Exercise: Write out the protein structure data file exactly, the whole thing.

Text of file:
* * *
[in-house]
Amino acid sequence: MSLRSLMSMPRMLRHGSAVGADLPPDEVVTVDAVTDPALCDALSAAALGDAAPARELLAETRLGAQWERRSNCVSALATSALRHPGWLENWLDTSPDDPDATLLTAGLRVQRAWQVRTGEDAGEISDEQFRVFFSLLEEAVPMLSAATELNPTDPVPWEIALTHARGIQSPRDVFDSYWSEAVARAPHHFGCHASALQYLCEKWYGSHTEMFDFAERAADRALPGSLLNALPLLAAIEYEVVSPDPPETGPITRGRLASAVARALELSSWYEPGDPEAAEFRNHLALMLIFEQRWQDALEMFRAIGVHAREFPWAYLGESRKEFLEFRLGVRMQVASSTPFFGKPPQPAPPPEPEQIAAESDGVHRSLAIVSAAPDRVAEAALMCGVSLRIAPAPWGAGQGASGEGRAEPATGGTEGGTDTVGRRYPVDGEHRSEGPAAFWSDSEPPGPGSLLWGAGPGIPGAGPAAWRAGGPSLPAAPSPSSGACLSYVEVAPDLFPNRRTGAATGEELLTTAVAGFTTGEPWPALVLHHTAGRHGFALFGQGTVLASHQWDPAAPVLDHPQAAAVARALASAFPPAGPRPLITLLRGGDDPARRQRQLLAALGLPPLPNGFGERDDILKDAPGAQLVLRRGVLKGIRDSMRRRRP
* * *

[in-house]
Amino acid sequence: MSLRSLMSMPRMLRHGSAVGADLPPDEVVTVDAVTDPALCDALSAAALGDAAPARELLAETRLGAQWERRSNCVSALATSALRHPGWLENWLDTSPDDPDATLLTAGLRVQRAWQVRTGEDAGEISDEQFRVFFSLLEEAVPMLSAATELNPTDPVPWEIALTHARGIQSPRDVFDSYWSEAVARAPHHFGCHASALQYLCEKWYGSHTEMFDFAERAADRALPGSLLNALPLLAAIEYEVVSPDPPETGPITRGRLASAVARALELSSWYEPGDPEAAEFRNHLALMLIFEQRWQDALEMFRAIGVHAREFPWAYLGESRKEFLEFRLGVRMQVASSTPFFGKPPQPAPPPEPEQIAAESDGVHRSLAIVSAAPDRVAEAALMCGVSLRIAPAPWGAGQGASGEGRAEPATGGTEGGTDTVGRRYPVDGEHRSEGPAAFWSDSEPPGPGSLLWGAGPGIPGAGPAAWRAGGPSLPAAPSPSSGACLSYVEVAPDLFPNRRTGAATGEELLTTAVAGFTTGEPWPALVLHHTAGRHGFALFGQGTVLASHQWDPAAPVLDHPQAAAVARALASAFPPAGPRPLITLLRGGDDPARRQRQLLAALGLPPLPNGFGERDDILKDAPGAQLVLRRGVLKGIRDSMRRRRP